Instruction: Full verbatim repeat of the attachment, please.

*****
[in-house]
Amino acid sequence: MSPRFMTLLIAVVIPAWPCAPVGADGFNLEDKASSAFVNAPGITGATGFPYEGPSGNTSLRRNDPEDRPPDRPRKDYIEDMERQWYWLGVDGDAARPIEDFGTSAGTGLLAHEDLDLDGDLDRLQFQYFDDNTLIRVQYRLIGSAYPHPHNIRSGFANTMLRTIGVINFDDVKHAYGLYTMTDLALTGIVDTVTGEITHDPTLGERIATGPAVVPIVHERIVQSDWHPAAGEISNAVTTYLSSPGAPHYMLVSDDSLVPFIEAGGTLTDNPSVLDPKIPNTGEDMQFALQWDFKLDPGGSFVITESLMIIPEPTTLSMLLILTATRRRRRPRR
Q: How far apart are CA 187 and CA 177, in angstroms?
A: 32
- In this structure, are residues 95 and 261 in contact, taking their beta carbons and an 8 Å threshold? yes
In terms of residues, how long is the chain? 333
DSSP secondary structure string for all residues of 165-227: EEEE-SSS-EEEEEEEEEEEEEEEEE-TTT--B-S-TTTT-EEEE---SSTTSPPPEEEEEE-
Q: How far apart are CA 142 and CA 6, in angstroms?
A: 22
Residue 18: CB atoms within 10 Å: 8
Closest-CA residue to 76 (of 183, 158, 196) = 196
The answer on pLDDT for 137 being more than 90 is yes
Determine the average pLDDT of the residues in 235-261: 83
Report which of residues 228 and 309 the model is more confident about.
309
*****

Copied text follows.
[in-house]
Amino acid sequence: MSPRFMTLLIAVVIPAWPCAPVGADGFNLEDKASSAFVNAPGITGATGFPYEGPSGNTSLRRNDPEDRPPDRPRKDYIEDMERQWYWLGVDGDAARPIEDFGTSAGTGLLAHEDLDLDGDLDRLQFQYFDDNTLIRVQYRLIGSAYPHPHNIRSGFANTMLRTIGVINFDDVKHAYGLYTMTDLALTGIVDTVTGEITHDPTLGERIATGPAVVPIVHERIVQSDWHPAAGEISNAVTTYLSSPGAPHYMLVSDDSLVPFIEAGGTLTDNPSVLDPKIPNTGEDMQFALQWDFKLDPGGSFVITESLMIIPEPTTLSMLLILTATRRRRRPRR
Q: How far apart are CA 187 and CA 177, in angstroms?
A: 32
- In this structure, are residues 95 and 261 in contact, taking their beta carbons and an 8 Å threshold? yes
In terms of residues, how long is the chain? 333
DSSP secondary structure string for all residues of 165-227: EEEE-SSS-EEEEEEEEEEEEEEEEE-TTT--B-S-TTTT-EEEE---SSTTSPPPEEEEEE-
Q: How far apart are CA 142 and CA 6, in angstroms?
A: 22
Residue 18: CB atoms within 10 Å: 8
Closest-CA residue to 76 (of 183, 158, 196) = 196
The answer on pLDDT for 137 being more than 90 is yes
Determine the average pLDDT of the residues in 235-261: 83
Report which of residues 228 and 309 the model is more confident about.
309